View Full Version : 4E XP Value of Enemies with class levels

2009-03-14, 06:04 PM
So I'm working on creating some NPC villains for an encounter, and the 4E rules on NPC enemies are...odd. It seems that they're simply really gimped versions of PCs. For example, if I want to make a 7th level elf cleric as an NPC villain, he'll only have 1 at will, 1 daily, 1 encounter, and 1 utility. So...this means that a 7th level cleric NPC will get the snot beat out of it by a 7th level Cleric PC, no questions asked.

There are a couple of immediate options:
1) Make it an elite. This will double the hit points, and will give a few extra attack options and powers, but the NPC will still have significantly less options than a PC of equal level and class. I don't really like this option too much
2) Make it the same as a PC. A more difficult challenge in terms of abilities, but will be weaker in regards to defenses and HP.

I know how to handle the first option, but how would I adjust xp if I went with the 2nd? Are there any in-between suggestions that people can come up with?

Tiki Snakes
2009-03-14, 06:17 PM
I'm pretty sure, not entirely sure, but pretty sure, that if you're adding a class template to an npc/monster, it is the same/part of making it elite? They should get more HP and stuff, I though, just the same?

Basically, it's not creating a 'Player Character' to throw against the party, it's creating an npc/monster that has the flavour/tactics/general abilities of a certain class, *but is still a monster/npc*. Monsters generally should only have a couple of main attack powers, (An at-will or two, and some bigger, but more limited ones.) And maybe an extra trick or two.

If you load up a foe with a player character's worth of options it's going to be a lot less...predictable, than a standard/elite. If it's got a whole boatload of Encounter powers and several dailies, chances are, it's never even going to need to *bother* with a mere at-will power. There's no reason for them to hold back, they aren't likely to get another encounter anytime afterwards! Compared to the PC's, who chances are will be rationing their powers, it'll give the NPC rather a large advantage.

That's not to say it's not doable, but I'd say that kind of makes it more than an 'elite' foe. I wouldn't say it'd make it a 'solo' creature, (Because that implies it will be able to take more actions, in order to challenge 5 people, yada yada).

[edit] If you want to have the creature more specifically survivable/challenging, just give it another power or two, up some defences as you like. There's no hard and fast rules you HAVE to follow.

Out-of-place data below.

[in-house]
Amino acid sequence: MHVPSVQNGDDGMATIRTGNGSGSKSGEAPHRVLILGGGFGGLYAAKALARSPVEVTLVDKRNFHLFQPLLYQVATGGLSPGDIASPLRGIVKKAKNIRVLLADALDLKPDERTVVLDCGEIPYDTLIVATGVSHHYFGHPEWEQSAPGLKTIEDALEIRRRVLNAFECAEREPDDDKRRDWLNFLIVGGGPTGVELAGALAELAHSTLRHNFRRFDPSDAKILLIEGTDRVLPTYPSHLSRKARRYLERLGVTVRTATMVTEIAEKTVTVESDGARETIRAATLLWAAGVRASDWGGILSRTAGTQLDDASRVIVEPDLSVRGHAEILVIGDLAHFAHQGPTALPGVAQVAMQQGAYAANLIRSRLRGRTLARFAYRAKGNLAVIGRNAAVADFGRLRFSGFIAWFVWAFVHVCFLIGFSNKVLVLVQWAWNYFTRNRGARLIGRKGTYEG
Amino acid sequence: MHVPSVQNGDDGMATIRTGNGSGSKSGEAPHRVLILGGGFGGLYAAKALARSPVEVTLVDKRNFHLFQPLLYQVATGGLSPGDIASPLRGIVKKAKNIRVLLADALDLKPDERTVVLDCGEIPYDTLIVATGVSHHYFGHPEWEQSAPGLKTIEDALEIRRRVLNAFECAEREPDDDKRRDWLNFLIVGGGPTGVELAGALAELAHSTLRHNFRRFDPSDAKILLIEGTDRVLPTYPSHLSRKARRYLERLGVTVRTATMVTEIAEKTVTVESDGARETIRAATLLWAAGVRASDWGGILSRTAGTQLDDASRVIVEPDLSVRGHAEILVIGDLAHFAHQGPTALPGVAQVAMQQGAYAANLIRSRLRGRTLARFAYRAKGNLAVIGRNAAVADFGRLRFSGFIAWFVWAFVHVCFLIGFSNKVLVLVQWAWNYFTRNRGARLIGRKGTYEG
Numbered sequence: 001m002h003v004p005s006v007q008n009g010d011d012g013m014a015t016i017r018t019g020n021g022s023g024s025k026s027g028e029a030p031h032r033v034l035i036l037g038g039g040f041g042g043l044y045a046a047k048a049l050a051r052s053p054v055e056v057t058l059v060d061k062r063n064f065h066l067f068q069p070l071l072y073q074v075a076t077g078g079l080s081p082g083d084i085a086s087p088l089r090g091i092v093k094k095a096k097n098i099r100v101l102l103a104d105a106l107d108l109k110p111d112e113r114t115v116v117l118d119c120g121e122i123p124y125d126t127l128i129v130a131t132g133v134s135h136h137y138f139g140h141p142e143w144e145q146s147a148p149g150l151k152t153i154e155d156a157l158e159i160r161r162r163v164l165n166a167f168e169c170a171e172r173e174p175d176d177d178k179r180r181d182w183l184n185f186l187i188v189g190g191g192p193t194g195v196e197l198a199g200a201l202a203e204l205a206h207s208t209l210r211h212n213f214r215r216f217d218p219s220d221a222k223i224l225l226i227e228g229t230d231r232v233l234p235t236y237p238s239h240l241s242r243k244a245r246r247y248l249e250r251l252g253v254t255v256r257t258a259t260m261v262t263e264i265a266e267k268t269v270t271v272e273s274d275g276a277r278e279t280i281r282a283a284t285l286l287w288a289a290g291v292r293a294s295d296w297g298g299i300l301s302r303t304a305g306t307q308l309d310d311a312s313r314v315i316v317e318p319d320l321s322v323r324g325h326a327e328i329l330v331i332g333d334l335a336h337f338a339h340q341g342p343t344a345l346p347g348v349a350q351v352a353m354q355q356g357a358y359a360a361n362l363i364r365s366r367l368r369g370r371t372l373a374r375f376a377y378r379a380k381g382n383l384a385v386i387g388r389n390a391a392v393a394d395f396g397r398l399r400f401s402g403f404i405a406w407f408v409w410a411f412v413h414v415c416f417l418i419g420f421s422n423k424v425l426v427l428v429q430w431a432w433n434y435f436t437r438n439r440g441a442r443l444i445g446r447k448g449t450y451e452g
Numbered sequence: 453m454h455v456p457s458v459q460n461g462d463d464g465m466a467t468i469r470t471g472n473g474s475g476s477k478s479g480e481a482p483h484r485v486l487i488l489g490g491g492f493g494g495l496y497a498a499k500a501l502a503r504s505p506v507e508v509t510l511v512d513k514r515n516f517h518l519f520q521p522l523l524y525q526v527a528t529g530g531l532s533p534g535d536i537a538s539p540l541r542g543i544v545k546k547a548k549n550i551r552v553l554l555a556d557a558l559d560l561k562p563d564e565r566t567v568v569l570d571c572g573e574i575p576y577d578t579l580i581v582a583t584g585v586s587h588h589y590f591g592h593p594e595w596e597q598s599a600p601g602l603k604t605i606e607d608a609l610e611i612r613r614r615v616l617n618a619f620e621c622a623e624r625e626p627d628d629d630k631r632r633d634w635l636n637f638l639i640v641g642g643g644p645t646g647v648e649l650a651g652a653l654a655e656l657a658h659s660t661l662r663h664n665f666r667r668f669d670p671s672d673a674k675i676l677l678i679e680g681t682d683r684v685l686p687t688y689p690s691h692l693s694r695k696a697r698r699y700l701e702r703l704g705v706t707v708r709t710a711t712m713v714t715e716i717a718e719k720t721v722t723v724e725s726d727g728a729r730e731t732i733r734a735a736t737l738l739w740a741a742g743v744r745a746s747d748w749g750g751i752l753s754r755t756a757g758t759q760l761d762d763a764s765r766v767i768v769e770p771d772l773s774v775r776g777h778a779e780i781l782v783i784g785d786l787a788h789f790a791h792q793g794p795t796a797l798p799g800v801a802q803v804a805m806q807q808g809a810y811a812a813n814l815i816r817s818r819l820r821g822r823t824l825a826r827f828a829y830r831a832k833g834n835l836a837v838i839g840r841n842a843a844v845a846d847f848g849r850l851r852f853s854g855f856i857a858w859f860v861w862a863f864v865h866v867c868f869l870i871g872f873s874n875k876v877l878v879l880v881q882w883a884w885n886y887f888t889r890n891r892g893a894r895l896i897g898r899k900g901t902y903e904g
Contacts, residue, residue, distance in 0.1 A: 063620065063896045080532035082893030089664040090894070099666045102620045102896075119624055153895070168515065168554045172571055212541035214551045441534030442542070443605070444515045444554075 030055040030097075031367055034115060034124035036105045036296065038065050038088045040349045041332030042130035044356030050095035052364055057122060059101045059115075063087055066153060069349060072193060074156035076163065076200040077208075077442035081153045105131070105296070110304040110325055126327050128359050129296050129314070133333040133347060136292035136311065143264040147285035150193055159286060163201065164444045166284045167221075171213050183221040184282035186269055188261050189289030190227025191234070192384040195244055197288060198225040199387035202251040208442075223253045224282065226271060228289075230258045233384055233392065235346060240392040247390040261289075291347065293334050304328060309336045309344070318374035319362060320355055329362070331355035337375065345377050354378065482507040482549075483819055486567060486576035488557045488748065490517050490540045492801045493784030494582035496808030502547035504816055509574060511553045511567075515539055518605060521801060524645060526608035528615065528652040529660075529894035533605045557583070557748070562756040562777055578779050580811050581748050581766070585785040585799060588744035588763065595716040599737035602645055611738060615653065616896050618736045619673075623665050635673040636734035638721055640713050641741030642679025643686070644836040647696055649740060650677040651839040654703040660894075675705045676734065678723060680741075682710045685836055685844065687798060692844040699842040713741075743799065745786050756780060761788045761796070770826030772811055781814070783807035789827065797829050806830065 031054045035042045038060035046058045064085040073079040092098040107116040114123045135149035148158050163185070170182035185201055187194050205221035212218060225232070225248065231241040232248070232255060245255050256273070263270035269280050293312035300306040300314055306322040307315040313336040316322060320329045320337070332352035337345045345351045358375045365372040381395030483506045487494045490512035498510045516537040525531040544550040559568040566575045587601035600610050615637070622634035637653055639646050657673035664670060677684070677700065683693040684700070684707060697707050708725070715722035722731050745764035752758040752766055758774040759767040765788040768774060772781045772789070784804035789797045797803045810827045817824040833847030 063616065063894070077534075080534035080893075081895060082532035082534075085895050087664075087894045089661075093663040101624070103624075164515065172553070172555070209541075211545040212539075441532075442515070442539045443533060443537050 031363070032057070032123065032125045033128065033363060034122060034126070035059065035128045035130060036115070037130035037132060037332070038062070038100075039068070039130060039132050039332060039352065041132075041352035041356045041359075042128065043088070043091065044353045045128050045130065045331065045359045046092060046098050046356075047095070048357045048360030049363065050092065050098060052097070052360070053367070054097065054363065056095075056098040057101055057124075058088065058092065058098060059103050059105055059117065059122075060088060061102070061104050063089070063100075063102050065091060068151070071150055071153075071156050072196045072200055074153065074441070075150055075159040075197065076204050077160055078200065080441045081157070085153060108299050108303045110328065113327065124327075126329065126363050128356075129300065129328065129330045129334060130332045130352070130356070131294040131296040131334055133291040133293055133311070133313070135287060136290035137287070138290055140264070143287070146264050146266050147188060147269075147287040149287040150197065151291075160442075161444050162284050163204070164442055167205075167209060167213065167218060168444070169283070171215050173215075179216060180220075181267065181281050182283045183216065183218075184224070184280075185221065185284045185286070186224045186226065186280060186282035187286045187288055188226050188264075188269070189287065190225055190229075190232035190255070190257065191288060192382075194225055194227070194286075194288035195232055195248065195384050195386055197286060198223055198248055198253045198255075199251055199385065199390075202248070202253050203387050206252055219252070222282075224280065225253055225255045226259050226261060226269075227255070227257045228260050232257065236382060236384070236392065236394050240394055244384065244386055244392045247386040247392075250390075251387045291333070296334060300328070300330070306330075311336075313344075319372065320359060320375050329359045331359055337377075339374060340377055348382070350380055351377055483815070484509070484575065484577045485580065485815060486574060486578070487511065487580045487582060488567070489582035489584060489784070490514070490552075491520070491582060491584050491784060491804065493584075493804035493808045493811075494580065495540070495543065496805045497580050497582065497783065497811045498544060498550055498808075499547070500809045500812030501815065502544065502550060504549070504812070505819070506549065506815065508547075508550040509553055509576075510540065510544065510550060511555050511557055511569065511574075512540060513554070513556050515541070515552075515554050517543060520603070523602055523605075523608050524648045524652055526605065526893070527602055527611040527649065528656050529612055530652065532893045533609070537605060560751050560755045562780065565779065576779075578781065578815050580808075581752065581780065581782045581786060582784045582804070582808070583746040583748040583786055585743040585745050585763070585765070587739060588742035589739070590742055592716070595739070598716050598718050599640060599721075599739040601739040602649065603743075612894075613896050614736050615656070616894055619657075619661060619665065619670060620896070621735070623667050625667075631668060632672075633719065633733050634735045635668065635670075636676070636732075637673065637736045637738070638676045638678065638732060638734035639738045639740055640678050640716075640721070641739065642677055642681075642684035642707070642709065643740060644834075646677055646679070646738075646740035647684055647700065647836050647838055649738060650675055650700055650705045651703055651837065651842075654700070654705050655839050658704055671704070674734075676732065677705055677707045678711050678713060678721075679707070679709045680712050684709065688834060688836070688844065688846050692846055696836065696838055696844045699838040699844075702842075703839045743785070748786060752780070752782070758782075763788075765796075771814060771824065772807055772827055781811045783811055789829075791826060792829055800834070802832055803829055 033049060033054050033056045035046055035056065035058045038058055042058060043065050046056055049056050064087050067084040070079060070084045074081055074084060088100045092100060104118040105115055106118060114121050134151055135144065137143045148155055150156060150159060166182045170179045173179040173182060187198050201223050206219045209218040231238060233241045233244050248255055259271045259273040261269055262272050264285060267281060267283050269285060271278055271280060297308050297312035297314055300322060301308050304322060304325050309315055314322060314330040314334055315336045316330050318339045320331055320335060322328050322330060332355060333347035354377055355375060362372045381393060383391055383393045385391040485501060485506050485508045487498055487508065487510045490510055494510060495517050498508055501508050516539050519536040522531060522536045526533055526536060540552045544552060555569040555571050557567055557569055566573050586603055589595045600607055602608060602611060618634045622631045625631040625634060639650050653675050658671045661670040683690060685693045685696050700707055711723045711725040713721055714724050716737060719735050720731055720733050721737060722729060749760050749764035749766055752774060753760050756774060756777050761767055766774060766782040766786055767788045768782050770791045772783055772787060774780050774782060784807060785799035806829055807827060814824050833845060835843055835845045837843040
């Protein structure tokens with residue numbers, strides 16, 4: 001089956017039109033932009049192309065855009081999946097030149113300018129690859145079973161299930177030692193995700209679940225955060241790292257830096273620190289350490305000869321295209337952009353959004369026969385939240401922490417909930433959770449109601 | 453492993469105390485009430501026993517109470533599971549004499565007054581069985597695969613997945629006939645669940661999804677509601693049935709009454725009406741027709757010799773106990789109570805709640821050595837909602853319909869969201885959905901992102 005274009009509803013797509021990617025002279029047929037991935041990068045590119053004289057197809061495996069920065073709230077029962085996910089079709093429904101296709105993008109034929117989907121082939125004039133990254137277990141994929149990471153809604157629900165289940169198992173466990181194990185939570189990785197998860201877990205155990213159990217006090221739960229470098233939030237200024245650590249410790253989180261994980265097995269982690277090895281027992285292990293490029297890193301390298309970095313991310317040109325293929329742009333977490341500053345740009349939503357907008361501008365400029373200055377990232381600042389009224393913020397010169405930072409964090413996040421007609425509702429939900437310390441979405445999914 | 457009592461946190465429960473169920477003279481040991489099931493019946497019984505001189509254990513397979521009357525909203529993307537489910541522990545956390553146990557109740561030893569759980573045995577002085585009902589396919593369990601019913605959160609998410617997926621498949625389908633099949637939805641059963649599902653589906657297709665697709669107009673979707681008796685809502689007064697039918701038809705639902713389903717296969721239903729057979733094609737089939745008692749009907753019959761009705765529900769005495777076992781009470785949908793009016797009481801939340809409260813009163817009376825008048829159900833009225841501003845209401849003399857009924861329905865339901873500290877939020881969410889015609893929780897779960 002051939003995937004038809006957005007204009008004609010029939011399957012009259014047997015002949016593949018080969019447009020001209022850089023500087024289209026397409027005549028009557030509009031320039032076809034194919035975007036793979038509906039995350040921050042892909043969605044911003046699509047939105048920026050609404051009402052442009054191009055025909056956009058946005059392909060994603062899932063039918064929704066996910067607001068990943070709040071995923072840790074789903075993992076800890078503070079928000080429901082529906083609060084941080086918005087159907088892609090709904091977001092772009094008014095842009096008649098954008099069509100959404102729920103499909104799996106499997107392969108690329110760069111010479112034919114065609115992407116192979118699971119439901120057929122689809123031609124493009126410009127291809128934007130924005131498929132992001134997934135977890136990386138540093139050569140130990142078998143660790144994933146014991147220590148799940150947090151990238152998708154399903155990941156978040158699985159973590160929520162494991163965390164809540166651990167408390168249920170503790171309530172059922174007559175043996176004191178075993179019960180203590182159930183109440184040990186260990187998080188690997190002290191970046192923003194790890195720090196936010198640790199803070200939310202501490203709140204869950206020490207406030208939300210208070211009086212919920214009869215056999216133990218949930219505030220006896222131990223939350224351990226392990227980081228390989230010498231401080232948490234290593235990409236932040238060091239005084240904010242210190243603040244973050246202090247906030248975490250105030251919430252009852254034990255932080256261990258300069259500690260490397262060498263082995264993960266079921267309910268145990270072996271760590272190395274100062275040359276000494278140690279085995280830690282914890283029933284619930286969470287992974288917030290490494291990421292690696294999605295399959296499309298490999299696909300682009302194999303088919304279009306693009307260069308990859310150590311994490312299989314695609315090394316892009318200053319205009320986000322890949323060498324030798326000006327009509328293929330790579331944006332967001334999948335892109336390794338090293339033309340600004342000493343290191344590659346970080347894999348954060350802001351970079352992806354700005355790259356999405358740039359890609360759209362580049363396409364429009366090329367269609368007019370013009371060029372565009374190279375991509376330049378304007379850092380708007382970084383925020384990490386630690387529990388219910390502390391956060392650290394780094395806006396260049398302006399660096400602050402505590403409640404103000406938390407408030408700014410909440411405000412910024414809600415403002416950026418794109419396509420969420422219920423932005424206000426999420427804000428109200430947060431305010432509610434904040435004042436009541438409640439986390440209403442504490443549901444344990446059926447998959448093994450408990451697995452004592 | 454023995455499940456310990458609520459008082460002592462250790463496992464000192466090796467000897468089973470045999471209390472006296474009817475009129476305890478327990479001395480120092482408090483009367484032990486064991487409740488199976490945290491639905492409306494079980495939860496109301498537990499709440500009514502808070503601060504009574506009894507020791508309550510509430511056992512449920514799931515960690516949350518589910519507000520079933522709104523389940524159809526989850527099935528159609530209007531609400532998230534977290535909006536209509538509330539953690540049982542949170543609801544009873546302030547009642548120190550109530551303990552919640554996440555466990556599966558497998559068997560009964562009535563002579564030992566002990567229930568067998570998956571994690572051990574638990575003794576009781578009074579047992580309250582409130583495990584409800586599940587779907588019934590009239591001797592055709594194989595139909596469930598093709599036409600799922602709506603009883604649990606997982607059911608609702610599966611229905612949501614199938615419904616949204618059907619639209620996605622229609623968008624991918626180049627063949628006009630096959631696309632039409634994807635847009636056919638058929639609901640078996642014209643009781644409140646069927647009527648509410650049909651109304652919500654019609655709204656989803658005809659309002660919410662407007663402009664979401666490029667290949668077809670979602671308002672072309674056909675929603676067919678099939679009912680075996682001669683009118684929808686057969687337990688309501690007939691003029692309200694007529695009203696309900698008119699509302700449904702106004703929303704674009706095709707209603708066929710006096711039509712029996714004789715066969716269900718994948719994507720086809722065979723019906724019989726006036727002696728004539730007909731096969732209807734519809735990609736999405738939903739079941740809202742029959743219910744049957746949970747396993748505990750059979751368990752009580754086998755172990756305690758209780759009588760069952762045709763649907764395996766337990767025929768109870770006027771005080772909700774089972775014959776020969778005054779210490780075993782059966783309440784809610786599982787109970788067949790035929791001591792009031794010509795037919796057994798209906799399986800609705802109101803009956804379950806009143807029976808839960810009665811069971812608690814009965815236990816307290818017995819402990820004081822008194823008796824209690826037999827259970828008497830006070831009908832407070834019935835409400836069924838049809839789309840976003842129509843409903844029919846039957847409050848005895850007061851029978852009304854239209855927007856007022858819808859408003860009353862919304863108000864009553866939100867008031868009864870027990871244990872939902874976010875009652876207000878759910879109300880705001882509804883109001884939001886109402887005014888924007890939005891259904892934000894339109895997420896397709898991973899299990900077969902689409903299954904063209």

But if it's a matter of challenging your players, bare in mind that it's very much a party vs party situation unless you really are building a solo creature. The NPC Cleric and his friends/minions should be a challenge to the Party. Whether or not the Cleric could beat up the NPC cleric isn't the main issue.

If all else fails, just stat the NPC up as a level 8 or 9 cleric. That'll give him a bit of edge and keep the Player on his toes simply enough. (as long as you stay within about 4 or so levels, the only thing you need to worry about is the encounter's XP total. That's the important bit.)

2009-03-14, 06:38 PM
I'm pretty sure, not entirely sure, but pretty sure, that if you're adding a class template to an npc/monster, it is the same/part of making it elite? They should get more HP and stuff, I though, just the same?

You are correct.
Also if you want to make them Solo's you can apply two templates... I wonder if there is any joy in adding the same template twice?

2009-03-14, 06:42 PM
Watch out that Goblin is a... DOUBLE CLERIC!

Would be interesting... but weird to fight.

2009-03-14, 07:12 PM
Well, speaking as a proponent of the "The PC's level... when the DM says they level" party? I only use the monster creation rules as a frame of reference to try and create monsters I feel will be challenging without wiping the party. As I play the system more, I'm using them less and less as my own familiarity kicks in.

2009-03-14, 09:24 PM
PCs don't work as enemies in 4E. They didn't in 3.5 either, if they could cast (i.e. if they had a full daily allotment of powers but were able to expend it in one encounter). Seriously, if an enemy can nova by burning all 10+ encounter and daily powers in one encounter, it will kick some serious asses (but the low HP will make it a total glass cannon relative to monsters). There's no way to calculate the XP because the system doesn't support this.